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Digitized film depicts ongoing battle between man and snow in Rogers Pass

The Snow War, a film from 1979, was digitized by the National Film Board of Canada
Rogers Pass in Glacier National Park. (Liam Harrap/Revelstoke Review)

The National Film Board of Canada’s Collection Curator recently digitized The Snow War, a film directed by Harold Tichenor in 1979, depicting the efforts of a mobile avalanche-control team to keep open the important Rogers Pass, situated in Glacier National Park, nestled in between Revelstoke and Golden.

The digitization of the film comes as another season of avalanche control work approaches in Rogers Pass, where the war is ongoing.

“We’re winning so far, but there’s a continuous battle going on, and the war is not over,” said Johan Schleiss, Avalanche Operations officer for Mt. Revelstoke and Glacier National Parks.

As explained in the film, in the late 19th century, Rogers Pass was chosen by the Canadian Pacific Railway as the best route through the Selkirk Mountians. For years, the lives of rail workers were lost to avalanches in the pass, including in 1910 when one avalanche took the lives of 62 men. When the Trans Canada Highway was being built, the avalanche control team was created, and tasked with monitoring and predicting avalanches.

READ MORE: 60 years of avalanche control in Rogers Pass

The first man introduced in the film is Fred Schleiss, Johan’s father. Fred came to Rogers Pass in 1959, and was involved since the beginning, setting up the technical aspect of the avalanche program. He was manager in charge of avalanche operations from 1965-1991, alongside his brother who was second in command.

As a boy, Johan’s father used to take him out of school on big avalanche cycles to watch avalanches in the pass, and watch the howitzer guns trigger them.

“I was super lucky as a kid,” said Johan.

Although 43 years has passed since the filming of Snow War, the film is still a mostly-accurate depiction of the work that is done to keep the public safe from avalanches in Rogers Pass.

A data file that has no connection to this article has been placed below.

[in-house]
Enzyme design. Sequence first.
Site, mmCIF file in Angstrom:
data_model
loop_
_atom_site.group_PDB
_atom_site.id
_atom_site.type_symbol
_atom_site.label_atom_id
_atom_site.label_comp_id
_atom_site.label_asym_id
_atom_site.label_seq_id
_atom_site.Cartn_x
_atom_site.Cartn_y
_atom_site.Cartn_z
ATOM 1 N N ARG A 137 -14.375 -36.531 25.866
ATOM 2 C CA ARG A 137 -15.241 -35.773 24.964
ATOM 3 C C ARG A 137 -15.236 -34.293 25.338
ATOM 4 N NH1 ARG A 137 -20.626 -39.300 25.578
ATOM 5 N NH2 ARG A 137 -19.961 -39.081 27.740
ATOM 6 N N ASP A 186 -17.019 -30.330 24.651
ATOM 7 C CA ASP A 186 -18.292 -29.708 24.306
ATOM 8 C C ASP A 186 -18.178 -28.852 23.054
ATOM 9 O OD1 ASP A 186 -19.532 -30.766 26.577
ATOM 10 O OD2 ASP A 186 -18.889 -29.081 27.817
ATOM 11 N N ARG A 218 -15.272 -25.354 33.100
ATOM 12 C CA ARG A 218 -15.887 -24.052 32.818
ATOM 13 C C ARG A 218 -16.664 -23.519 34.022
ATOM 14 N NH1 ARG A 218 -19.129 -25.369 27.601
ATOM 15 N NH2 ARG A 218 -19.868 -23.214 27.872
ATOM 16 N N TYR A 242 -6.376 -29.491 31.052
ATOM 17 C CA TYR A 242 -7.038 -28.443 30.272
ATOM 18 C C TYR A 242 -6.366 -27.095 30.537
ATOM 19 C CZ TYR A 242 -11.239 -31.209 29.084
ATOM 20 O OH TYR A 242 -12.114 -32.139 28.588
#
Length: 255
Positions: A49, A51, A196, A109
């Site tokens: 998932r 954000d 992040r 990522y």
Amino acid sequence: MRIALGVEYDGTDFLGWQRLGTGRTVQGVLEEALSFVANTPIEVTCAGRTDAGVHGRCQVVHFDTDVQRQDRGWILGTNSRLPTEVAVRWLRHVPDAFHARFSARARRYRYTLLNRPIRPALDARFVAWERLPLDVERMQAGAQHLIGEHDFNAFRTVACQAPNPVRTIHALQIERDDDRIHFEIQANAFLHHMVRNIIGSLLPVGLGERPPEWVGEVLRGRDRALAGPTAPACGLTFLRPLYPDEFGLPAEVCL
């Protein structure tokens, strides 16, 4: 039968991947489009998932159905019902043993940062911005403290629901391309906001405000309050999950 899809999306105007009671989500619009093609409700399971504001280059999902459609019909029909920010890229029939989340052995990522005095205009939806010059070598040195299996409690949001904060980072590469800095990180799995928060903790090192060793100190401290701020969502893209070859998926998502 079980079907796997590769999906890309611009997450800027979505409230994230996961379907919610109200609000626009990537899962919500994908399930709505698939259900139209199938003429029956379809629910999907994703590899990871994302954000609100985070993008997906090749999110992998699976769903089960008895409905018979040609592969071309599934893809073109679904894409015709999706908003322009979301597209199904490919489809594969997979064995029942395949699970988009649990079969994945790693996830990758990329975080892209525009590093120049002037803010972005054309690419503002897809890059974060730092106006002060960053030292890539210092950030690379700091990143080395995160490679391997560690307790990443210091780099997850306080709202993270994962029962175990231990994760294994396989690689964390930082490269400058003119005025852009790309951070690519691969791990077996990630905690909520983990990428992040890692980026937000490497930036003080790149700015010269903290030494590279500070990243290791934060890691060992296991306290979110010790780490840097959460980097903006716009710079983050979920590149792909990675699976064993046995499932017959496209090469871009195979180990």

“I had an old DVD copy, and it’s starting to get glitchy because I’ve shown it to so many people,” said Johan.

New technologies have been employed where possible, like in the case of the telemetry teletype machine’s used in the 70’s and in the film which pre-date modern computers.

The building shown in the film is the same headquarters that the team resides in today.

One portion of The Snow War explains how snowpack layers are formed through the use of colourful animation, and Johan says that the description it depicts is still accurate and relevant.

Snow profiles are still recorded in a similar fashion, the team still examines the shape of snow crystals in different layers of the snow pack, and tests such as the sheer frame test, which was developed in Rogers Pass to decide whether or not the howitzer would trigger an avalanche, remain the same.

Incredibly, the film crew managed to capture a rescue mission performed by the avalanche control team.

The film climaxes with a scene of the avalanche control team working alongside the Canadian Army — a partership that still stands strong and works very similarly today.

“They can be ready at a moments notice, and they’re absolute experts with that howitzer,” said Johan of the Canadian Army’s continued work in Rogers Pass. We couldn’t do the job without them.”

This upcoming season marks the 61st year of avalanche control in Rogers Pass.

Watch the full digitized version of The Snow War right here:

The Snow War, Harold Tichenor, provided by the National Film Board of Canada

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